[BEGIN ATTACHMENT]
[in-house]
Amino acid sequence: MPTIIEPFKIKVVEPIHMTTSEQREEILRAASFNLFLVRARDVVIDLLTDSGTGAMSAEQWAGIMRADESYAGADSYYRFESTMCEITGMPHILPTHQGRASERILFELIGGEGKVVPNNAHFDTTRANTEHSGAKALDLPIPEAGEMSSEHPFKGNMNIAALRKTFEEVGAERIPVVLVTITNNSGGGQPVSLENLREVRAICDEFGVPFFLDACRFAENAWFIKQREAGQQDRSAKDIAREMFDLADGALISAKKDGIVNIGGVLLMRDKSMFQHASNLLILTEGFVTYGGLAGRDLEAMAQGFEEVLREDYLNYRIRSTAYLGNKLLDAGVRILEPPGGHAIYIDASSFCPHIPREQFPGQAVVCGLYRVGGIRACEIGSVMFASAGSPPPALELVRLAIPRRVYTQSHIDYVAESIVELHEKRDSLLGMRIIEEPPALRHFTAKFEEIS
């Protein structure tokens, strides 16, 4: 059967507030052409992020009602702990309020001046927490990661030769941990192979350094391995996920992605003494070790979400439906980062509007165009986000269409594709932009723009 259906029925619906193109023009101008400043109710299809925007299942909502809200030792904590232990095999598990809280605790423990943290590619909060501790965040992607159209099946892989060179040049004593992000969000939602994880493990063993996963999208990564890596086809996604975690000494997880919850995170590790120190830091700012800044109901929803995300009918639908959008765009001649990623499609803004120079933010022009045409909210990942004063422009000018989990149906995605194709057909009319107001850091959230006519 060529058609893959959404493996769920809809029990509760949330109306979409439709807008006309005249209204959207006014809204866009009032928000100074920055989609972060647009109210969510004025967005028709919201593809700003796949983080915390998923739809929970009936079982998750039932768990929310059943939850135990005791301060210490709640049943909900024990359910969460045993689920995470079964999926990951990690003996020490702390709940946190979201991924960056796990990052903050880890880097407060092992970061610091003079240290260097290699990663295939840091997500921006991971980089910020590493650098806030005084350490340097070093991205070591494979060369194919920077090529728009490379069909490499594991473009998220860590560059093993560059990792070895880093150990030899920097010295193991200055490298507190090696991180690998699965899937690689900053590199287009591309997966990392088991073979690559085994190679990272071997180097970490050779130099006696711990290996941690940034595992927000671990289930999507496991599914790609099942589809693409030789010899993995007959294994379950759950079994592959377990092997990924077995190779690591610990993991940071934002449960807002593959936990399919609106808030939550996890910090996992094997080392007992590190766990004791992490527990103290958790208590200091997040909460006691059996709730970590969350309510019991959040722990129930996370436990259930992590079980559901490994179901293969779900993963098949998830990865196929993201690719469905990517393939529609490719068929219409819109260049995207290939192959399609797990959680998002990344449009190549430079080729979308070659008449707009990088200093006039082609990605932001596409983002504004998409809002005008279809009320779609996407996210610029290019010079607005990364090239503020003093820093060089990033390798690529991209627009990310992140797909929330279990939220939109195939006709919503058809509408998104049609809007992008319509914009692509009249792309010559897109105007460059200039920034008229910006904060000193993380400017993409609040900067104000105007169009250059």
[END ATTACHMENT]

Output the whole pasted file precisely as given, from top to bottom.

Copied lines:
[in-house]
Amino acid sequence: MPTIIEPFKIKVVEPIHMTTSEQREEILRAASFNLFLVRARDVVIDLLTDSGTGAMSAEQWAGIMRADESYAGADSYYRFESTMCEITGMPHILPTHQGRASERILFELIGGEGKVVPNNAHFDTTRANTEHSGAKALDLPIPEAGEMSSEHPFKGNMNIAALRKTFEEVGAERIPVVLVTITNNSGGGQPVSLENLREVRAICDEFGVPFFLDACRFAENAWFIKQREAGQQDRSAKDIAREMFDLADGALISAKKDGIVNIGGVLLMRDKSMFQHASNLLILTEGFVTYGGLAGRDLEAMAQGFEEVLREDYLNYRIRSTAYLGNKLLDAGVRILEPPGGHAIYIDASSFCPHIPREQFPGQAVVCGLYRVGGIRACEIGSVMFASAGSPPPALELVRLAIPRRVYTQSHIDYVAESIVELHEKRDSLLGMRIIEEPPALRHFTAKFEEIS
């Protein structure tokens, strides 16, 4: 059967507030052409992020009602702990309020001046927490990661030769941990192979350094391995996920992605003494070790979400439906980062509007165009986000269409594709932009723009 259906029925619906193109023009101008400043109710299809925007299942909502809200030792904590232990095999598990809280605790423990943290590619909060501790965040992607159209099946892989060179040049004593992000969000939602994880493990063993996963999208990564890596086809996604975690000494997880919850995170590790120190830091700012800044109901929803995300009918639908959008765009001649990623499609803004120079933010022009045409909210990942004063422009000018989990149906995605194709057909009319107001850091959230006519 060529058609893959959404493996769920809809029990509760949330109306979409439709807008006309005249209204959207006014809204866009009032928000100074920055989609972060647009109210969510004025967005028709919201593809700003796949983080915390998923739809929970009936079982998750039932768990929310059943939850135990005791301060210490709640049943909900024990359910969460045993689920995470079964999926990951990690003996020490702390709940946190979201991924960056796990990052903050880890880097407060092992970061610091003079240290260097290699990663295939840091997500921006991971980089910020590493650098806030005084350490340097070093991205070591494979060369194919920077090529728009490379069909490499594991473009998220860590560059093993560059990792070895880093150990030899920097010295193991200055490298507190090696991180690998699965899937690689900053590199287009591309997966990392088991073979690559085994190679990272071997180097970490050779130099006696711990290996941690940034595992927000671990289930999507496991599914790609099942589809693409030789010899993995007959294994379950759950079994592959377990092997990924077995190779690591610990993991940071934002449960807002593959936990399919609106808030939550996890910090996992094997080392007992590190766990004791992490527990103290958790208590200091997040909460006691059996709730970590969350309510019991959040722990129930996370436990259930992590079980559901490994179901293969779900993963098949998830990865196929993201690719469905990517393939529609490719068929219409819109260049995207290939192959399609797990959680998002990344449009190549430079080729979308070659008449707009990088200093006039082609990605932001596409983002504004998409809002005008279809009320779609996407996210610029290019010079607005990364090239503020003093820093060089990033390798690529991209627009990310992140797909929330279990939220939109195939006709919503058809509408998104049609809007992008319509914009692509009249792309010559897109105007460059200039920034008229910006904060000193993380400017993409609040900067104000105007169009250059």